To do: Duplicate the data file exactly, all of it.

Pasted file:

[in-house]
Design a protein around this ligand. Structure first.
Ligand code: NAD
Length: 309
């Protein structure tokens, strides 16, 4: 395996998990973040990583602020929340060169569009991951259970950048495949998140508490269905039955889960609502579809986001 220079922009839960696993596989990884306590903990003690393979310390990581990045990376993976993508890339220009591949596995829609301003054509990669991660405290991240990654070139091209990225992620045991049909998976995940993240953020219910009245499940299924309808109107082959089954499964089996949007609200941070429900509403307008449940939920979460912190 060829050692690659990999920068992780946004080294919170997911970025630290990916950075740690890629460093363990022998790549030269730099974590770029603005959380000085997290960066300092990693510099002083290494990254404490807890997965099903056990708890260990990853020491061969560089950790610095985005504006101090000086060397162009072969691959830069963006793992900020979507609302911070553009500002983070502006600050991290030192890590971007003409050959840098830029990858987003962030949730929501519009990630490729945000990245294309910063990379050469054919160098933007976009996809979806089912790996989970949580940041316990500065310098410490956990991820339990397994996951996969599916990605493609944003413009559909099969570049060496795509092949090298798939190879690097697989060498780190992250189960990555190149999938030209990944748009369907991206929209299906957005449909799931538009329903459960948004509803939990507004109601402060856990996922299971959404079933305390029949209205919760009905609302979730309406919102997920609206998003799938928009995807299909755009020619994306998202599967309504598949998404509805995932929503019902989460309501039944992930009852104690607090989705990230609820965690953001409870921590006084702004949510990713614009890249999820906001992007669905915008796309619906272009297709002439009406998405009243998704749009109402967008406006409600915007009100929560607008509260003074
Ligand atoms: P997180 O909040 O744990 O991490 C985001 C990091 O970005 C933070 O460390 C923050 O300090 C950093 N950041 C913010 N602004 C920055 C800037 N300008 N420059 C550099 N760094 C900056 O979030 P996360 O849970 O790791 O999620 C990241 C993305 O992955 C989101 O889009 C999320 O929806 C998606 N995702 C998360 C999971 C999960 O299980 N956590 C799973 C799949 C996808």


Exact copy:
[in-house]
Design a protein around this ligand. Structure first.
Ligand code: NAD
Length: 309
């Protein structure tokens, strides 16, 4: 395996998990973040990583602020929340060169569009991951259970950048495949998140508490269905039955889960609502579809986001 220079922009839960696993596989990884306590903990003690393979310390990581990045990376993976993508890339220009591949596995829609301003054509990669991660405290991240990654070139091209990225992620045991049909998976995940993240953020219910009245499940299924309808109107082959089954499964089996949007609200941070429900509403307008449940939920979460912190 060829050692690659990999920068992780946004080294919170997911970025630290990916950075740690890629460093363990022998790549030269730099974590770029603005959380000085997290960066300092990693510099002083290494990254404490807890997965099903056990708890260990990853020491061969560089950790610095985005504006101090000086060397162009072969691959830069963006793992900020979507609302911070553009500002983070502006600050991290030192890590971007003409050959840098830029990858987003962030949730929501519009990630490729945000990245294309910063990379050469054919160098933007976009996809979806089912790996989970949580940041316990500065310098410490956990991820339990397994996951996969599916990605493609944003413009559909099969570049060496795509092949090298798939190879690097697989060498780190992250189960990555190149999938030209990944748009369907991206929209299906957005449909799931538009329903459960948004509803939990507004109601402060856990996922299971959404079933305390029949209205919760009905609302979730309406919102997920609206998003799938928009995807299909755009020619994306998202599967309504598949998404509805995932929503019902989460309501039944992930009852104690607090989705990230609820965690953001409870921590006084702004949510990713614009890249999820906001992007669905915008796309619906272009297709002439009406998405009243998704749009109402967008406006409600915007009100929560607008509260003074
Ligand atoms: P997180 O909040 O744990 O991490 C985001 C990091 O970005 C933070 O460390 C923050 O300090 C950093 N950041 C913010 N602004 C920055 C800037 N300008 N420059 C550099 N760094 C900056 O979030 P996360 O849970 O790791 O999620 C990241 C993305 O992955 C989101 O889009 C999320 O929806 C998606 N995702 C998360 C999971 C999960 O299980 N956590 C799973 C799949 C996808």